Well, now, we must award to our worthy friend the honor of correcting one important historical date. He expresses no “doubts” about it, and of course he believes “it possible to determine” the truth in the case, and we must stand corrected. But the question was, Have not the events on which Mr. M’s theory is based, taken place as he states and at the time he states? When Dr. P. points to this, and a few other unimportant applications of prophecy, and says, “A man who can resort to such a use of the Bible, is certainly a very unsafe guide in the things of religion;—and a theory which needs to be propped by such interpretations, cannot be received as truth.”-Pur. Nov. 4HST January 18, 1843, page 139.5

    We can only smile at the valor displayed at a distance from the citadel, while its foundations and ramparts are fenced with a few “doubts” and queries discharged under cover of a host of “distinguished commentators.”HST January 18, 1843, page 139.6

    It would be very convenient for Dr. P. to keep the attention of his readers directed to those points which have no essential bearing upon the great question,—Is Mr. Miller’s theory true? The points which Dr. P. mentions as “props” to the theory, are no more essential to it, than Dr. P’s. ignorance on the true “age of Christ,” or the weakness and absurdity of his arguments on almost every point involved in “this protracted discussion,” are essential to his qualifications to bear the title of Doctor of Divinity. 30Dr. P. say, (Puritan, Nov. 4) “Again; Mr. M. and his followers contradict the Scriptures, in representing our Savior’s public ministry as continuing seven years.”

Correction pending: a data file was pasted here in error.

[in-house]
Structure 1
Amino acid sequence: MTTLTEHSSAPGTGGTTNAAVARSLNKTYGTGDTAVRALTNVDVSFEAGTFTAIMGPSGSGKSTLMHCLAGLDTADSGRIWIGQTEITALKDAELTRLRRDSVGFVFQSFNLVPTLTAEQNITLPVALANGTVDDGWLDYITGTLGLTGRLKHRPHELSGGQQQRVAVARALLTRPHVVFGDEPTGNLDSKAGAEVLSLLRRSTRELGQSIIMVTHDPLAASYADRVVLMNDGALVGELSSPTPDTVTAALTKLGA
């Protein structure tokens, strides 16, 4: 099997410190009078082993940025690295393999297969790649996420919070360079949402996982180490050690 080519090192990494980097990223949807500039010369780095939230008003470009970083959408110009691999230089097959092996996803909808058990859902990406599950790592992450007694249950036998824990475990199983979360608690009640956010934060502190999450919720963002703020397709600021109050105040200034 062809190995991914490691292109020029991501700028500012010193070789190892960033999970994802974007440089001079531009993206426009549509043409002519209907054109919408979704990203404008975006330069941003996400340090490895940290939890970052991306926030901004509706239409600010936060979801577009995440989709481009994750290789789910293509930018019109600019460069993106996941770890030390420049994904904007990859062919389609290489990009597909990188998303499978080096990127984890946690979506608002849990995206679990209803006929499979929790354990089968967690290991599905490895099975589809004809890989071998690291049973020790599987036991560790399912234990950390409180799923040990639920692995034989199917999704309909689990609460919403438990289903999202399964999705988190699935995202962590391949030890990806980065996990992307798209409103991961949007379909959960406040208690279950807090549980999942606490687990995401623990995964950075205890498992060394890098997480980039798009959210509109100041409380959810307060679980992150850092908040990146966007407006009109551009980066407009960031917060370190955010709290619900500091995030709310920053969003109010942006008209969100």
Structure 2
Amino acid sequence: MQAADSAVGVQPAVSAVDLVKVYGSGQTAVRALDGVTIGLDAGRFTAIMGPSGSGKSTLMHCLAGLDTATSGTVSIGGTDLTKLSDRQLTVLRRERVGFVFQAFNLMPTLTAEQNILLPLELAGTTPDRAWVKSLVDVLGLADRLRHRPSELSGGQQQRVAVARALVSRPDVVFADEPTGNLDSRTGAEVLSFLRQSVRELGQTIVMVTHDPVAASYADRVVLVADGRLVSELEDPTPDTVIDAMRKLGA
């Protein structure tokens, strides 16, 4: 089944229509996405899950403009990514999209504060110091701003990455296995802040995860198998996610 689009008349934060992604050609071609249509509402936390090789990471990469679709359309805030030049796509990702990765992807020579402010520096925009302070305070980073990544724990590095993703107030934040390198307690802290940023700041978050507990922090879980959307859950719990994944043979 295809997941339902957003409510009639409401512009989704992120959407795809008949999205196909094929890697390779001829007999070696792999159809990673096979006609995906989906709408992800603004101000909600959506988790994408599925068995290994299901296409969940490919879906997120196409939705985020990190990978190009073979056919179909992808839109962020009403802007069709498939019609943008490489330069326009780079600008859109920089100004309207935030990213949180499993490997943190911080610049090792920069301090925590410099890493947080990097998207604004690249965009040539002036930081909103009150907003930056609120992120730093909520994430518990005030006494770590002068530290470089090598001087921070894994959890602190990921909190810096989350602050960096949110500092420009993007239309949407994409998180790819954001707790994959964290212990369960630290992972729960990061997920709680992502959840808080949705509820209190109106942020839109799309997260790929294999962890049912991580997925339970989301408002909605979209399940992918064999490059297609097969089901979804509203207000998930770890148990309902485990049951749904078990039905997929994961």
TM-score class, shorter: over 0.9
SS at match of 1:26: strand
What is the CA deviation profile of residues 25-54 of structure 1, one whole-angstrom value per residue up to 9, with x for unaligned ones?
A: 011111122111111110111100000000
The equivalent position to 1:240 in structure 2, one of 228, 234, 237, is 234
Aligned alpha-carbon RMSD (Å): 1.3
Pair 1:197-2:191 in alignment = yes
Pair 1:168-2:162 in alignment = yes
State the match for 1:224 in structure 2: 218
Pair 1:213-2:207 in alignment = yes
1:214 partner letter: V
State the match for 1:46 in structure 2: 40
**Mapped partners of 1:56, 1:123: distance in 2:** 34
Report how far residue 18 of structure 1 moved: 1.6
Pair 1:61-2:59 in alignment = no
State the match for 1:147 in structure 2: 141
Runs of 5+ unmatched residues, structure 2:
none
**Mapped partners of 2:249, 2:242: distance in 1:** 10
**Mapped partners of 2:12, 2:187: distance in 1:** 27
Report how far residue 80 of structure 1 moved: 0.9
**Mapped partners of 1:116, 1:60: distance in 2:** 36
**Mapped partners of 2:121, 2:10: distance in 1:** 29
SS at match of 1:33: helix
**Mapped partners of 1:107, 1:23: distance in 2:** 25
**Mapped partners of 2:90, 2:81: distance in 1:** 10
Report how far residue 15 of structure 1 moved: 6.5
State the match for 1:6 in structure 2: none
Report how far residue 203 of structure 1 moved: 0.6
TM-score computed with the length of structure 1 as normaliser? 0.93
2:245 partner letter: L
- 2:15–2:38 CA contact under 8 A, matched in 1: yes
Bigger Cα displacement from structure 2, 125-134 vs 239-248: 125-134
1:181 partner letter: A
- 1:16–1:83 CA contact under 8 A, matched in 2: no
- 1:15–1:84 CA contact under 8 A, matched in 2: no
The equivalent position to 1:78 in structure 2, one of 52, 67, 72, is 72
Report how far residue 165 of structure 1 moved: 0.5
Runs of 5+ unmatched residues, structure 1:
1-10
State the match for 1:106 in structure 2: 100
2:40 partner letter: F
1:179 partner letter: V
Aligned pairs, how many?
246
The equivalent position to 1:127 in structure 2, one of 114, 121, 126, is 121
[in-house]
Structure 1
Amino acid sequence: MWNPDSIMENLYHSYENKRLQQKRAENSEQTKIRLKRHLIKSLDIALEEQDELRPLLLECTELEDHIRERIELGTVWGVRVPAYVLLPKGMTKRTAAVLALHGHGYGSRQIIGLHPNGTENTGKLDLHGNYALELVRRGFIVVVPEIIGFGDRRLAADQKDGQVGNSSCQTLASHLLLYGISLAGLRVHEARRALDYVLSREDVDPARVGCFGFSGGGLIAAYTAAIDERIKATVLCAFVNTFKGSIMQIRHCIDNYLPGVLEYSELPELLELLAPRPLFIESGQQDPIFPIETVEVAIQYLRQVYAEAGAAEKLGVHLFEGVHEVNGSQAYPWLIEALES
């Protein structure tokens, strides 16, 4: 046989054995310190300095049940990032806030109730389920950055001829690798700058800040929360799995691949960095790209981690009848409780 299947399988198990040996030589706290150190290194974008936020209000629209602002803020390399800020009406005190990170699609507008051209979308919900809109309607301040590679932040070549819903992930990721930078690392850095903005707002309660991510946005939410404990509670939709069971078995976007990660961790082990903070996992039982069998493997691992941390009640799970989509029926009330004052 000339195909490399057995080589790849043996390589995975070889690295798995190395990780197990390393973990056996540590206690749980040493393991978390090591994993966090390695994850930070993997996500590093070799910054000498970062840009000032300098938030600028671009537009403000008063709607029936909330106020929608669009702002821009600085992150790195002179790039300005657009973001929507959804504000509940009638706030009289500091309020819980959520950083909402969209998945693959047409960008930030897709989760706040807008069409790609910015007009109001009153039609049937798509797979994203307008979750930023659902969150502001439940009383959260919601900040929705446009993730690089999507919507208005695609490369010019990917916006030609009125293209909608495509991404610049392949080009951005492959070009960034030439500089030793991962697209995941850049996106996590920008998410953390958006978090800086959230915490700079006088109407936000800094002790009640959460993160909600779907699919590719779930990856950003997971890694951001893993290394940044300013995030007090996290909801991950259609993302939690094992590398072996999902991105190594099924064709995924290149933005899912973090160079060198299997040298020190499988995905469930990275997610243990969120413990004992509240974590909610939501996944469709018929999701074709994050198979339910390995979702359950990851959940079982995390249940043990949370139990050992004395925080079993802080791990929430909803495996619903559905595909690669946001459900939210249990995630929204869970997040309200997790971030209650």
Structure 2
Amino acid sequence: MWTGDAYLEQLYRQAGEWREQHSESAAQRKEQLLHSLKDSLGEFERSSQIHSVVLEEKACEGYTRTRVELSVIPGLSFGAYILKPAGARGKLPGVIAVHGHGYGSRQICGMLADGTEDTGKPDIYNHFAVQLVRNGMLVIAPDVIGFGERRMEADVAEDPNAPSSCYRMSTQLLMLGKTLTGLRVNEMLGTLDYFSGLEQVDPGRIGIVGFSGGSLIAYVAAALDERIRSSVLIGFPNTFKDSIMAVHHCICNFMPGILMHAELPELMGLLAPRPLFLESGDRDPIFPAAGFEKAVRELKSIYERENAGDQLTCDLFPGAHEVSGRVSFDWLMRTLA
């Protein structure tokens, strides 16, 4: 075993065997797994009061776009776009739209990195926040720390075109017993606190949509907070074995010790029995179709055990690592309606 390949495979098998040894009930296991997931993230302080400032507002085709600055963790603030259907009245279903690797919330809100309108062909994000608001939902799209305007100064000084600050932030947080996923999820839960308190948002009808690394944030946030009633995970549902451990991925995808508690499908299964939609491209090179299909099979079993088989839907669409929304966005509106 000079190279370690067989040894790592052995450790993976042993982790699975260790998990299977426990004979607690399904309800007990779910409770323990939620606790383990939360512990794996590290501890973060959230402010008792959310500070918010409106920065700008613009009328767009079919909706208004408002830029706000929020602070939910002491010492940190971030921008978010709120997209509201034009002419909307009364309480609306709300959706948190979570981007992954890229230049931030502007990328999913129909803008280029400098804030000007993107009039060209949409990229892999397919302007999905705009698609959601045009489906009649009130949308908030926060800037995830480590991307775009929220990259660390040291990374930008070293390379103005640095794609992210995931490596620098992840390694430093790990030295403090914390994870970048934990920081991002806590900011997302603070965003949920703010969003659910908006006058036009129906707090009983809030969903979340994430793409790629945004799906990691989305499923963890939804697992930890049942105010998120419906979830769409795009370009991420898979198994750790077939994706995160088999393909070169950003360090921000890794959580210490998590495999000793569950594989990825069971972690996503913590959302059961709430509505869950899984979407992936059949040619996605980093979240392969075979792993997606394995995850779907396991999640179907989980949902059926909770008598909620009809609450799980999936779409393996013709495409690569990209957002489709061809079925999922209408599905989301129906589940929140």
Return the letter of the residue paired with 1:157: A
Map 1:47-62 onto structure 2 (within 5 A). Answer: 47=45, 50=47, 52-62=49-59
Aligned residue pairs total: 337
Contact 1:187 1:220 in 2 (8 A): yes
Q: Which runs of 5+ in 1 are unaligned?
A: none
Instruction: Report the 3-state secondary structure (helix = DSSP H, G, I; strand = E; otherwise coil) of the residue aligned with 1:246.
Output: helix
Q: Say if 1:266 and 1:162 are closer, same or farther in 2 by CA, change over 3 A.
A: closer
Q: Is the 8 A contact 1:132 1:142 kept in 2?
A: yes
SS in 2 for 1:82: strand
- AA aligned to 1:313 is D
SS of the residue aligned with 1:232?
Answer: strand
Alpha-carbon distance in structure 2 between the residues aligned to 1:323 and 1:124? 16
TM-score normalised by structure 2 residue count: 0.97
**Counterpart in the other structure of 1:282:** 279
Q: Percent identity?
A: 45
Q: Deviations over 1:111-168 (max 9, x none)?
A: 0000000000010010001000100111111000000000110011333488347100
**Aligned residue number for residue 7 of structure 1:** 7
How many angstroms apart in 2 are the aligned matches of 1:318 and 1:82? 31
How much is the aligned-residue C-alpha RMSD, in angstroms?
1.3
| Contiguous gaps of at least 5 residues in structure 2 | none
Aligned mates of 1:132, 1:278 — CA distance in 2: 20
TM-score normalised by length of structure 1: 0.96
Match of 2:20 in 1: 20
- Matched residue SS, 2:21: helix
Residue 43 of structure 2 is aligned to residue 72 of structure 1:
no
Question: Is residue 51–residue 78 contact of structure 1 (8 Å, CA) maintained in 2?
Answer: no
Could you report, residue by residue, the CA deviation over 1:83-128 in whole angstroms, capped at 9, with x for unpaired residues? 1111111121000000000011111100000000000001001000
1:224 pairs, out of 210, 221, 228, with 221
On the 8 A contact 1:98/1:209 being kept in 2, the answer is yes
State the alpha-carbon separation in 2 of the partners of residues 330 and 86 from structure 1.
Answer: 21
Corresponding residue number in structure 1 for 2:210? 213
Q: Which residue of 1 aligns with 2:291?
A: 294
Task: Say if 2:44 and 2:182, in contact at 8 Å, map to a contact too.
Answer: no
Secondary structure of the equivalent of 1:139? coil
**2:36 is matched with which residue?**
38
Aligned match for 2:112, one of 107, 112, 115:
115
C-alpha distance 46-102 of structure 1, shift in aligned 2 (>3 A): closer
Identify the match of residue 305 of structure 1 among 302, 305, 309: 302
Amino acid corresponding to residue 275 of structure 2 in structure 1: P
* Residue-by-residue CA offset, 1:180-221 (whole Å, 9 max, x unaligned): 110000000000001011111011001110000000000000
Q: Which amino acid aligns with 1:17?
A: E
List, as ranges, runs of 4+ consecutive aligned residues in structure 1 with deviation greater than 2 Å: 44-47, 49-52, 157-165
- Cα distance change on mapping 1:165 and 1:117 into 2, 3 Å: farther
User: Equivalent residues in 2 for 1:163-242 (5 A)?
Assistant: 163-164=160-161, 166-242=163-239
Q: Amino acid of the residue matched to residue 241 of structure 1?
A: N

We refer our readers to every pulpit, family and pocket-Bible in the land, which contain the chronology of events in the margin, for the age of Christ, and the continuance of his ministry. Turn first to Matthew 2. [original illegible], for the date of the birth of Christ. Then turn to Math. 27, for his death. For his age, at the commencement of his ministry, read Luke 3:23. When Dr. P. has corrected all these dates, he must turn his attention to the old chronometers of heaven, the sun, moon, and stars, and chastise their “Millerism” out of them. They witness to the time of the first advent, as they do to the second. And they are real Millerites.
    If he could have given us some other dates, than those he doubts, for the events which lay at the basis of the theory, he could have rendered an important service. But Sampson has not only lost his eyes, but he has no hand to guide him to the main pillars of the edifice, and nothing of course is done here;—he must make the most of that which has little or no connection with it.
    HST January 18, 1843, page 139.7

    third question


    Are there any portions of prophecy (not opinion) which, fairly considered, renders Mr. Miller’s views inadmissible?HST January 18, 1843, page 139.8

    “You inquire in the third place, whether there are any portions of prophecy which, fairly considered, render Mr. Miller’s view inadmissible. I think there are. It seems to me that there remains much prophecy yet to be fulfilled on this earth, before the final conflagration. The Jews are to be converted to the faith of Christ, Romans 11:15-26. The fulness of the Gentiles are to be brought in. There is to be a long period of peace, prosperity, and enlargement to the church in the present world, see Micah 4:1-4. Isaiah 54th and 60th chapter.” etc. P.HST January 18, 1843, page 139.9